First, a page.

Rambo XXX – Aaron’s Top Thirty at 30
And so it came to pass that our Lord and saviour was born not long after the shortest day, many moons ago…Nah, not Jesus. He was shite. Nazareth won fuck all when he was around.
I’m talking of course about the ‘quiet balletic God’ (© Mark Ainsbury) that is one Aaron James Ramsey (b: 26.12.90).
I haven’t seen a better midfielder for Wales
says Chris Jenkins; and this fan (since 1985) totally agrees.
Much as I love Bale and wee Joe, deep down Ramsey’s the footballer I’d be if I had a choice. I mean, who wouldn’t want to be that obscenely talented, devilishly handsome and (as a result of those two) outrageously confident/bordering on fearless?
As his old under 21 coach Brian Flynn said ‘he ticks all the boxes – he even speaks Welsh!’
Having put out a Twitter call to The Red Wall I was bombarded with declarations of man-love, for example:
‘I’ve never rooted for a player more…I just adore him’ – Gethin Morgan
‘I love him so much my dog is called Ramsey’ – Liam Owen
‘I think it needs a mention how he overcame a ton of crap from Arsenal fans (despite some massive, trophy winning goals) then walked into the Juventus team and bagged a Scudetto’ thinks Tom Addiscott, a comment that deserves sharing, but this is unapologetically all about Wales.
So, as I did a little birthday celebration piece when Bale entered his fourth decade I thought I would do the same for Rambo. Here – in descending order – are my top thirty Aaron Ramsey Wales moments.
Something I’ve realised while putting this together is one of Ramsey’s specialities is the assist for the assist, the pass before the pass. This pass might not look like much, but it opened up Northern Ireland’s defence for the only time in this arm-wrestle of a match, inviting Bale to whip in a wicked cross which lead to the game’s only goal, and Wales’s third tournament quarter final appearance.
29. Laughing at Olivia the sex doll in Brussels, 2014
Following the intensity of this hard-fought 0-0 draw, the sight of our two superstars – Bale and Ramsey – pointing and laughing at Olivia provided a moment of comic relief that’s ingrained in the collective memories of the red wall. Nathan Jones tells me Olivia has since retired from #WalesAway duty…
‘I think Aaron misses her’ – Nathan Jones
28. No look pass for Jermaine Easter vs Liechtenstein, 2009
Following his first senior Wales goal, he had the confidence to set up Easter with an impudent piece of play, which really should have made the scoreline 3-0. Easter would never have a better opportunity to find the net at international level.
Okay, so having qualified the goal wasn’t that important, but I’d forgotten just how joyous and wonderful he celebration was. Watch it again now. It’ll put a smile on your face.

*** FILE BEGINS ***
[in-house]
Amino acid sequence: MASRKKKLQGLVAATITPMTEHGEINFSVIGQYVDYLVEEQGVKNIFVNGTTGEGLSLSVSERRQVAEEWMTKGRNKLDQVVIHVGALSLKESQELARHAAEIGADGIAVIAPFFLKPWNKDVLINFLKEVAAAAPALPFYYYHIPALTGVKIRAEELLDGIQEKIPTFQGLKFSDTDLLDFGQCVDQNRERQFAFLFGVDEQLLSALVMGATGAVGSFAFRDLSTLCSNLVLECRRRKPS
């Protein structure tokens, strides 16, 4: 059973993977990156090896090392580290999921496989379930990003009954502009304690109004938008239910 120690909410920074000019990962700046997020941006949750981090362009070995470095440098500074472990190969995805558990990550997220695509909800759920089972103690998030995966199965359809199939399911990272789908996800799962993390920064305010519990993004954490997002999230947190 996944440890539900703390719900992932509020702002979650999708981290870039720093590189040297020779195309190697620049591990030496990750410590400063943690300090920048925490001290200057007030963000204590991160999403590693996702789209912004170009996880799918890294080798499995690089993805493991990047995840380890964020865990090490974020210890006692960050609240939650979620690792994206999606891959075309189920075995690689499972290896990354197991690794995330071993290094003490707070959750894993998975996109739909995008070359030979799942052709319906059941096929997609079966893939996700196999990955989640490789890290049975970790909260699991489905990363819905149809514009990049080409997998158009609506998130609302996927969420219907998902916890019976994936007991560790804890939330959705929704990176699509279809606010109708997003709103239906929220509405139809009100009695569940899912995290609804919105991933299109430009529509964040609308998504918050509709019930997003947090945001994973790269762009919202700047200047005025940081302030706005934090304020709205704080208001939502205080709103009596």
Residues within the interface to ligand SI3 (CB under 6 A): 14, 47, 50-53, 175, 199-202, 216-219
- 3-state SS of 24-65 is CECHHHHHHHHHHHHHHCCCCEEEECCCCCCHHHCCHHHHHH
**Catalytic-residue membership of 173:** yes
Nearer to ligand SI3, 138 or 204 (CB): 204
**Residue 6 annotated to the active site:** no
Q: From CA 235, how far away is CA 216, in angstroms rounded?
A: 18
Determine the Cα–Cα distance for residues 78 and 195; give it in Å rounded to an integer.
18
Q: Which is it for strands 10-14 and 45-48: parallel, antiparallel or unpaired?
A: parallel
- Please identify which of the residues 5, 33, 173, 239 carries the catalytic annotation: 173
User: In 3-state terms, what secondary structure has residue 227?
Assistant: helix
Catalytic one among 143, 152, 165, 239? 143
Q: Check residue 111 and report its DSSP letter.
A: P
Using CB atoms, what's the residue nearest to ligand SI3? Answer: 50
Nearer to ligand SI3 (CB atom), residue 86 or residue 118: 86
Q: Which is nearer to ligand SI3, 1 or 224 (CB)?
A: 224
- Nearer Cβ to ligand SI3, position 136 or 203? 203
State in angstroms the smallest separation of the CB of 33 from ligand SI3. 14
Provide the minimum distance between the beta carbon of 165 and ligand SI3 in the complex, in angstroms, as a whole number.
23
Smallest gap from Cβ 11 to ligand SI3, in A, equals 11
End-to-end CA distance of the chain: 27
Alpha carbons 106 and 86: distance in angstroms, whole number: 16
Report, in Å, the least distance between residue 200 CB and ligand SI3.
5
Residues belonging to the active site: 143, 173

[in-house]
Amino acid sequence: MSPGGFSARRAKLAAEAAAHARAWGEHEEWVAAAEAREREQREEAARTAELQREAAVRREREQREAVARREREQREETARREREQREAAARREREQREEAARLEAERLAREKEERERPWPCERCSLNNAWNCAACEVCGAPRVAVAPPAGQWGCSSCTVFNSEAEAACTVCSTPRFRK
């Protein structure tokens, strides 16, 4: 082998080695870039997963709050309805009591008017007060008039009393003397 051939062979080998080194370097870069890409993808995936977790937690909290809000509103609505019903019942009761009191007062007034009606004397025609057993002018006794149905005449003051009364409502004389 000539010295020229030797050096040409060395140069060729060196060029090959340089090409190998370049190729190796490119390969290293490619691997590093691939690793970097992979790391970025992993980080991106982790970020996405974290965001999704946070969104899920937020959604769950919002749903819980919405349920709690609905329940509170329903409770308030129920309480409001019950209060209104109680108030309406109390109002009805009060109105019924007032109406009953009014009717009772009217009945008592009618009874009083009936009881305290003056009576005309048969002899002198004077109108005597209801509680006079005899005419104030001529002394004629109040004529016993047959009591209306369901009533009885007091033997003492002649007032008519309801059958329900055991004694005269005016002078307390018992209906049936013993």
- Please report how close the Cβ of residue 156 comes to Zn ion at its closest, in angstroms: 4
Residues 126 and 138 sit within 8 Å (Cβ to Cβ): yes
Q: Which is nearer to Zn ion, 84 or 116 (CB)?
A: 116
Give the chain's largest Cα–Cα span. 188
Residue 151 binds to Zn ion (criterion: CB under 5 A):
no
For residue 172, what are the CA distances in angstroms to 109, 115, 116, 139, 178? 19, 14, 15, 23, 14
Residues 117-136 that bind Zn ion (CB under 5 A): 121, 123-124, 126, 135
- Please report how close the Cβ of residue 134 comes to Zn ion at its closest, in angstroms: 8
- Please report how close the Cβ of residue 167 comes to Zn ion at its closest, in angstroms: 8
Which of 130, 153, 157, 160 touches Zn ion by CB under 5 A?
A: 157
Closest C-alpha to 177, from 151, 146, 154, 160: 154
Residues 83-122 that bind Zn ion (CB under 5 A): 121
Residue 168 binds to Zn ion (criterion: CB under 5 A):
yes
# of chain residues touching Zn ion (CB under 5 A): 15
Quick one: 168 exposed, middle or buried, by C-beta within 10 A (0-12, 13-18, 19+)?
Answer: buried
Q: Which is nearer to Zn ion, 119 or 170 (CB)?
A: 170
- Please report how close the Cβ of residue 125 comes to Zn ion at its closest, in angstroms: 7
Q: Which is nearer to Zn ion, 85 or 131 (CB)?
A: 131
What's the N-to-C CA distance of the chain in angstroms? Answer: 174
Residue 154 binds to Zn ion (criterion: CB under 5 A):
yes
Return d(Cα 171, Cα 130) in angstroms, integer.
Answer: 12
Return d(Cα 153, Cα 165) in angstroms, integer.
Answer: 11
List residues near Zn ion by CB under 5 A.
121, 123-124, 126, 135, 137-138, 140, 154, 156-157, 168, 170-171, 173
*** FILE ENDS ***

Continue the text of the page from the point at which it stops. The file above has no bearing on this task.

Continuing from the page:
A poor game against a terrible team in front of a handful of people in an appalling competition (the Carling Nations Cup) that nobody ever wants to see revived. But following his long injury layoff with that broken leg, it was great to see Ramsey on the scoresheet for Wales again. The first win of Gary Speed’s reign and Ramsey’s first goal as captain.
The pass before the pass #2. He ran riot in this game (the other two big moments to come…). The timing and precision of this pass is sublime.
It is perhaps a sign of how wonderful our attacking play in that 4-1 win was that this was the least memorable goal of the four. Still, a very tidy finish following some exemplary work from the outstanding Ethan Ampadu.
Lovely play from Sam Ricketts and Ramsey down the right to set up David Edwards’ fantastic volley in a comprehensive 3-0 victory.
Ramsey’s first senior international goal came in freezing temperatures in Vaduz, October 2009. A lovely curling free kick which was probably the highlight of a pretty turgid evening’s ‘entertainment’.
The pass before the pass #3. This fantastic free kick to his big mate Darcy Blake (remember him?) really should have resulted in a much deserved 1-1 draw. How did Earnie miss?!?
In the immortal words of The Chordettes; ‘Lollipop, lollipop, oh lolli, lolli, lolli…’
He was. And we did
18. Assist for Church for the under 21s vs England, 2008
Ok, so England got the result they needed to qualify but it really didn’t feel important. What felt huge was the emergence of Ramsey as the genuine playmaker that Wales had conspicuously lacked for so long. This subtle pass followed by Church’s excellent finish sent the Welsh corner of Villa Park into raptures. I still have ‘2-1 to the sheepshaggers’ ringing in my ears.
The pass before the pass #4. Again, it might not look like much, but this is a prime example of something that Steve Claridge noticed about Ramsey when he wrote a scouting report for The Guardian way back in early 2008.
‘When a team-mate received the ball from him, the pass almost told him where his opponent was. It had all the information on it that you would need’.
This was a pass which almost spoke to its receiver. It said something like ‘get this football into the box ‘cos Bale’s hanging in the air there to power it home’. Which Richards did expertly. Love this goal.
A fantastic, iconic game in the Hampden snow in which Wales somehow found themselves a goal down despite dominating. The match turned following an excellent run and pass from Ramsey to his best mate Chris Gunter. The full back overhit his cross but fortunately Robert Snodgrass had unnecessarily steamed into him anyway, leading to a penalty (and red card following a second booking). Ramsey stepped up to smash the resulting spot kick home via the underside of the crossbar (an unfit Bale had been substituted at half time). Minutes later Hal Robson-Kanu headed home the winner to complete the comeback.